How important are Iowa and New Hampshire to winning post-reform presidential nominations?

Randall E. Adkins, Andrew J. Dowdle

Research output: Contribution to journalArticlepeer-review

38 Scopus citations


While conventional wisdom holds that the first delegate selection events in Iowa and New Hampshire are important influences on the outcome of the presidential selection process, scholars increasingly question whether victories in these "bellwether" contests are sufficient to propel darkhorse candidates to the nomination. This study utilizes four OLS regression models to predict nomination outcomes from 1980 to 1996 where the incumbent president did not sit for reelection. Earlier research demonstrated the possibility of forecasting presidential nominations by examining the results of (1) public opinion polls; FEC records regarding (2) money raised; and (3) cash reserves; and (4) whether candidates were southern Democrats (Mayer 1996a; Adkins and Dowdle 2000). Utilizing measures representing the outcome of the Iowa caucuses and the New Hampshire primary, this study contrasts the effect of momentum from these early contests on final primary vote totals. Evidence suggests that New Hampshire plays a role in determining the ordinal ranking of candidate finishes, but not necessarily the winner of the party nomination.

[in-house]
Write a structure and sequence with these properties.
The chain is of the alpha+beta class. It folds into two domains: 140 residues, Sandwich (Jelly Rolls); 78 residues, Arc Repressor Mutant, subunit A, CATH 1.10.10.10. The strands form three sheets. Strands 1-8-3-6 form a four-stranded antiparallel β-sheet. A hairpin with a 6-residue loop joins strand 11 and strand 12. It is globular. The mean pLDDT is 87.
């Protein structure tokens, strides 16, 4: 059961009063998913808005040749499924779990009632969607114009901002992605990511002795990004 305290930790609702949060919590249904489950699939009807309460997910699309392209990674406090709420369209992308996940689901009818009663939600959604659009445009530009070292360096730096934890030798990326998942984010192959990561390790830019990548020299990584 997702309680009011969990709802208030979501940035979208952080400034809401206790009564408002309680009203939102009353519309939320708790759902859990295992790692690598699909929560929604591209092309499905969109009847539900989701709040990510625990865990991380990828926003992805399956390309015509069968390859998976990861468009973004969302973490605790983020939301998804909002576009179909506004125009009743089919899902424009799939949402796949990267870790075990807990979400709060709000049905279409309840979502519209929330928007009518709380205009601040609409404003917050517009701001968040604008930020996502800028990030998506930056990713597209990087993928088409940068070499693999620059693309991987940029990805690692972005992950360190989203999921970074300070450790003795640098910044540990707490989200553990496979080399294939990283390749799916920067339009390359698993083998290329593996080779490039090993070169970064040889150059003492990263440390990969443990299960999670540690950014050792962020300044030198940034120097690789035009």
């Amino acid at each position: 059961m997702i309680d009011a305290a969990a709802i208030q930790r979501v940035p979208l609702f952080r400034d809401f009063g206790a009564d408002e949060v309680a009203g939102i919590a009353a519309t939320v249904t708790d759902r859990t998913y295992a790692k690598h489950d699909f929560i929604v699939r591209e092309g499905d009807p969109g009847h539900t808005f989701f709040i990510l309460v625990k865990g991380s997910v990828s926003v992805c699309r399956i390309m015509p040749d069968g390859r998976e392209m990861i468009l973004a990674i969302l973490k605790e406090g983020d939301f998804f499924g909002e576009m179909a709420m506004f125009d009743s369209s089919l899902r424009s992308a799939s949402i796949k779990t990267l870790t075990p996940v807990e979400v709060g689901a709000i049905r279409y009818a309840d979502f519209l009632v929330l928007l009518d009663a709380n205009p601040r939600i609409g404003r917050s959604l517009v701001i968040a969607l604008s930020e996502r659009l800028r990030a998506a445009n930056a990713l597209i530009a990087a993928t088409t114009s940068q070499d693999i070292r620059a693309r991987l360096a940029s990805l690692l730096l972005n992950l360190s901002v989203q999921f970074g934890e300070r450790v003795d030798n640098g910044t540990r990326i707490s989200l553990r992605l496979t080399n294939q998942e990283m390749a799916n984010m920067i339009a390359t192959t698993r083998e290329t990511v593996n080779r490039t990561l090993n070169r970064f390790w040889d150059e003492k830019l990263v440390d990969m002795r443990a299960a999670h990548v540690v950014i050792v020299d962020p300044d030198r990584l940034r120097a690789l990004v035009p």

Original languageEnglish (US)
Pages (from-to)431-444
Number of pages14
JournalPolitical Research Quarterly
Issue number2
StatePublished - Jun 2001

ASJC Scopus subject areas

  • Sociology and Political Science


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